Skip to content

Reasons to take up bread baking

July 23, 2012

Not everyone is inclined to spend time and effort to learn the craft of breadbaking. Most homecooks will make the occasional loaf, but the main entree and sides get most of the attention. That’s fine, everyone has their particular culinary interests and leanings. The work, experience, and patience it seemed to take to make that French baguette or  country sourdough I tried from the local artisan bakery was very intimidating.  Overcoming the first steps and getting  into it was easier than I imagined.  The procedure becomes less of a major operation and gradually more of a gentle rhythmic exercise. It’s an “exercise” with its own benefits.  It can become an easy routine as when you prefer to focus on simpler white doughs or an activity that  engages you more when making complex loaves.  Reasons I found for continuing “the path” were discovered along the way.  Here are  few.

Homemade bread is much healthier and tastier than the mass produced  loaves you find in the shelves of a supermarket.  I believe everyone would agree on that. Preservatives, flour treatment agents, emulsifiers, enzymes, bleaching chemicals, etc. are added to make the production of bread more efficient and cost effective. Ironically, the white color of bleached flour is supposed to make bread  more visually appealing. It became difficult  for me to settle for  mass produced bread after experiencing the honest fresh baked variety with no additives.  I’ve chosen to spend time and work to make bread rather than quickly run to the store for it. The other good alternative is to get your daily bread from your local artisan bakery if you live near one.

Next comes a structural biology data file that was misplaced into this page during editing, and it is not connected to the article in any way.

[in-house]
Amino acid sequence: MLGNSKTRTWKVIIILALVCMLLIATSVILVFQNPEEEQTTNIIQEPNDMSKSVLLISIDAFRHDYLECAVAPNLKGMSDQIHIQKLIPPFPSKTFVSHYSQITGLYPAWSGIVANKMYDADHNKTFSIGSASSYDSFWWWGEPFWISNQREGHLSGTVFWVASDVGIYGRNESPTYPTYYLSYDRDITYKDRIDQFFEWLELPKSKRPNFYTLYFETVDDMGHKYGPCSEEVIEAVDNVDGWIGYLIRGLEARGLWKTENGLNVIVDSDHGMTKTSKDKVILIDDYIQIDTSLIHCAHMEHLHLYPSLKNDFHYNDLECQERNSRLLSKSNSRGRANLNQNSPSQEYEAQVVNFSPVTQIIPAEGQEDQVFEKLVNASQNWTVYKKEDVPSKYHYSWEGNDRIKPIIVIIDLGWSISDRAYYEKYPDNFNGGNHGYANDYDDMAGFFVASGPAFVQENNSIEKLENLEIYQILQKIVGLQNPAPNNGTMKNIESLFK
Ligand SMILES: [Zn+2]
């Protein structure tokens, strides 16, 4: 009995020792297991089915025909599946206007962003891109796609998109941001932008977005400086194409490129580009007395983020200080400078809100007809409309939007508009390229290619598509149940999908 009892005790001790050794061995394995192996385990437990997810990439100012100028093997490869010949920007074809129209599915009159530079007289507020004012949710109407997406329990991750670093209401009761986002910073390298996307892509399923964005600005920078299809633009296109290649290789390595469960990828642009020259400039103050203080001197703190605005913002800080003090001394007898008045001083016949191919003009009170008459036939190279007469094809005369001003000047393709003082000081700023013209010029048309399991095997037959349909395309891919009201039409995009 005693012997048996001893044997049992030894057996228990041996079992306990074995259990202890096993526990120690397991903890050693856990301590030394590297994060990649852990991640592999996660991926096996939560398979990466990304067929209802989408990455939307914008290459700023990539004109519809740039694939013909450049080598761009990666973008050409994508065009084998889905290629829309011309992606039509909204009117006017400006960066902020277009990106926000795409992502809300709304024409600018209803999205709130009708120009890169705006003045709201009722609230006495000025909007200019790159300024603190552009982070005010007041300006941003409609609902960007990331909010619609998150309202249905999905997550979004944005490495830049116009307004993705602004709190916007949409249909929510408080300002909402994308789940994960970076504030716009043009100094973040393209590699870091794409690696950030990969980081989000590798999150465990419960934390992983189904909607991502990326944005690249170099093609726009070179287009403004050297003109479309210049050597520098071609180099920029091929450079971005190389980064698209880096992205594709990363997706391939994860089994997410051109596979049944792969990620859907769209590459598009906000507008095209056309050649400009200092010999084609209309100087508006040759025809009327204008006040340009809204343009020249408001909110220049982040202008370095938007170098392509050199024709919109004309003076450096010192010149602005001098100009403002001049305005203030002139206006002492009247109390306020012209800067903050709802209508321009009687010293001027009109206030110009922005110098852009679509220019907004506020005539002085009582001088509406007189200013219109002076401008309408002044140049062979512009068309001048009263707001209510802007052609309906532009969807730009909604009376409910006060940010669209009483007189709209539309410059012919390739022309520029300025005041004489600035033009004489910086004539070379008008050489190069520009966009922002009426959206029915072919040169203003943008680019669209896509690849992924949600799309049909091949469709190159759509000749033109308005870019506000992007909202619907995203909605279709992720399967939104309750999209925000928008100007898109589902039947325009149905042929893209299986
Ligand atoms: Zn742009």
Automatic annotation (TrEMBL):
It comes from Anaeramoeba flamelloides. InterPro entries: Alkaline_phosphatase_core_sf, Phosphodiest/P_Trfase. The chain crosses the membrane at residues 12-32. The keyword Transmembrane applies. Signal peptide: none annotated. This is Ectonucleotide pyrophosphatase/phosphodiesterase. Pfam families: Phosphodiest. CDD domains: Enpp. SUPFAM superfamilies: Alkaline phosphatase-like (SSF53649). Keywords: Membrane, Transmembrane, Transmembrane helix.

Bread baking is a worldwide tradition that goes back thousands of years.  The Egyptians began leavening bread about 6000 years ago. Lost in pre-history is when man began to eat porridge, a precursor to bread.  Even though we have our modern day ovens and pre-milled grain, the time-honored process connects us to a much more primitive era.  I don’t know when salt was introduced to the recipe, but the basic ingrediants have remained unchanged for centuries.  Those few who grow and mill their own wheat and use their homemade stone ovens are even more connected.

Bread baking is a creative endeavor.  It is an opportunity to express one’s cultural background, origin, influences, and might I say culinary vision.  One becomes part of the stream of the ever-evolving bread tradition and  the traditions of your culture.  It is  an activity that uses the sense of sight, touch, smell, taste, and to a lesser extent sound.  It also develops an intuitional sense that  can’t be taught by recipe or book. You must learn to judge through the senses when a dough is properly mixed, how long to ferment in the given environment, when it’s ready for baking, and so on.  No matter what kind of bread or how much experience the baker has, he or she has a vast array of choices in how much to be creatively engaged.

All the above can be expanded upon but are subjects for possible future posts.  For instance, I didn’t mention the enjoyment and fun that baking bread offers.  Since the early primitive days it has always been very communal in nature. I find myself giving and sharing bread regularly.  It may be to bring some to a gathering of friends and family or it may be just to partially empty an overpacked freezer.